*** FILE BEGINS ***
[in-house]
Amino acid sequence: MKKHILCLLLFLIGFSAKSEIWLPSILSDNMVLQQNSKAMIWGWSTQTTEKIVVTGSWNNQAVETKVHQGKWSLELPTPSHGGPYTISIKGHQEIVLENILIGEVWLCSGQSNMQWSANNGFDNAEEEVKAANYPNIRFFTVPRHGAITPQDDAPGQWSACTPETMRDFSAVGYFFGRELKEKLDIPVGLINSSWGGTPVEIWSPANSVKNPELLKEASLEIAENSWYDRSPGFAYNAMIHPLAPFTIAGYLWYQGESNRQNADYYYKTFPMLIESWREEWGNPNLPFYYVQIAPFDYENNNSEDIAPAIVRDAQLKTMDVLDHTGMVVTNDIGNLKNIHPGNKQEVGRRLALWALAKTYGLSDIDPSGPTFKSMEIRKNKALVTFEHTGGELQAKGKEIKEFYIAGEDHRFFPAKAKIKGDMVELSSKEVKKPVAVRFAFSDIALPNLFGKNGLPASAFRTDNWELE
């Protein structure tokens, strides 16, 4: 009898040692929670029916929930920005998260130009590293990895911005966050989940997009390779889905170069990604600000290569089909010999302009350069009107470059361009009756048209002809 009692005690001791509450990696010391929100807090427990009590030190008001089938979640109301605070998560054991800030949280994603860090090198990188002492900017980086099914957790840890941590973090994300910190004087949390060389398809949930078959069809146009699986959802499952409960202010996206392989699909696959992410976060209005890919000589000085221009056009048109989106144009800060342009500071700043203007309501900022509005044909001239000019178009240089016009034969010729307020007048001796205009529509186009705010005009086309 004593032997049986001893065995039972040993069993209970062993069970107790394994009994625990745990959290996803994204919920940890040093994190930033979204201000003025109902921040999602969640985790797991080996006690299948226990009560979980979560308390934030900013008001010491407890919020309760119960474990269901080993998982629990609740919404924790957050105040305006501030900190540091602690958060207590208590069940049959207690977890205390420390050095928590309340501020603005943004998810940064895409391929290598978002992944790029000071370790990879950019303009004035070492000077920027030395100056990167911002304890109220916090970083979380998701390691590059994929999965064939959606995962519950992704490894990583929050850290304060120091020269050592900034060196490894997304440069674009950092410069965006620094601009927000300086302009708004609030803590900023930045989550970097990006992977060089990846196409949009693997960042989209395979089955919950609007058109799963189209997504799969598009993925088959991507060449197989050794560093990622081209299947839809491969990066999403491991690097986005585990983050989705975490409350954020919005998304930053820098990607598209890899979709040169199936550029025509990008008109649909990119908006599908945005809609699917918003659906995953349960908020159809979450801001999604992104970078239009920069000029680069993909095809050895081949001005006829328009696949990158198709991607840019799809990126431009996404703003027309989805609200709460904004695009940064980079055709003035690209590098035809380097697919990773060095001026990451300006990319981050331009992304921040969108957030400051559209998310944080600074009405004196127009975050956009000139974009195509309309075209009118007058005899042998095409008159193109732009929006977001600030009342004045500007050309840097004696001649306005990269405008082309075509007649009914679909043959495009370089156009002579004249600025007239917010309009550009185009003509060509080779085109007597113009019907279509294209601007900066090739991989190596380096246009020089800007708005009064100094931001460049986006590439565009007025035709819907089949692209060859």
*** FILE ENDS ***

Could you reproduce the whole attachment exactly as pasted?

[in-house]
Amino acid sequence: MKKHILCLLLFLIGFSAKSEIWLPSILSDNMVLQQNSKAMIWGWSTQTTEKIVVTGSWNNQAVETKVHQGKWSLELPTPSHGGPYTISIKGHQEIVLENILIGEVWLCSGQSNMQWSANNGFDNAEEEVKAANYPNIRFFTVPRHGAITPQDDAPGQWSACTPETMRDFSAVGYFFGRELKEKLDIPVGLINSSWGGTPVEIWSPANSVKNPELLKEASLEIAENSWYDRSPGFAYNAMIHPLAPFTIAGYLWYQGESNRQNADYYYKTFPMLIESWREEWGNPNLPFYYVQIAPFDYENNNSEDIAPAIVRDAQLKTMDVLDHTGMVVTNDIGNLKNIHPGNKQEVGRRLALWALAKTYGLSDIDPSGPTFKSMEIRKNKALVTFEHTGGELQAKGKEIKEFYIAGEDHRFFPAKAKIKGDMVELSSKEVKKPVAVRFAFSDIALPNLFGKNGLPASAFRTDNWELE
């Protein structure tokens, strides 16, 4: 009898040692929670029916929930920005998260130009590293990895911005966050989940997009390779889905170069990604600000290569089909010999302009350069009107470059361009009756048209002809 009692005690001791509450990696010391929100807090427990009590030190008001089938979640109301605070998560054991800030949280994603860090090198990188002492900017980086099914957790840890941590973090994300910190004087949390060389398809949930078959069809146009699986959802499952409960202010996206392989699909696959992410976060209005890919000589000085221009056009048109989106144009800060342009500071700043203007309501900022509005044909001239000019178009240089016009034969010729307020007048001796205009529509186009705010005009086309 004593032997049986001893065995039972040993069993209970062993069970107790394994009994625990745990959290996803994204919920940890040093994190930033979204201000003025109902921040999602969640985790797991080996006690299948226990009560979980979560308390934030900013008001010491407890919020309760119960474990269901080993998982629990609740919404924790957050105040305006501030900190540091602690958060207590208590069940049959207690977890205390420390050095928590309340501020603005943004998810940064895409391929290598978002992944790029000071370790990879950019303009004035070492000077920027030395100056990167911002304890109220916090970083979380998701390691590059994929999965064939959606995962519950992704490894990583929050850290304060120091020269050592900034060196490894997304440069674009950092410069965006620094601009927000300086302009708004609030803590900023930045989550970097990006992977060089990846196409949009693997960042989209395979089955919950609007058109799963189209997504799969598009993925088959991507060449197989050794560093990622081209299947839809491969990066999403491991690097986005585990983050989705975490409350954020919005998304930053820098990607598209890899979709040169199936550029025509990008008109649909990119908006599908945005809609699917918003659906995953349960908020159809979450801001999604992104970078239009920069000029680069993909095809050895081949001005006829328009696949990158198709991607840019799809990126431009996404703003027309989805609200709460904004695009940064980079055709003035690209590098035809380097697919990773060095001026990451300006990319981050331009992304921040969108957030400051559209998310944080600074009405004196127009975050956009000139974009195509309309075209009118007058005899042998095409008159193109732009929006977001600030009342004045500007050309840097004696001649306005990269405008082309075509007649009914679909043959495009370089156009002579004249600025007239917010309009550009185009003509060509080779085109007597113009019907279509294209601007900066090739991989190596380096246009020089800007708005009064100094931001460049986006590439565009007025035709819907089949692209060859």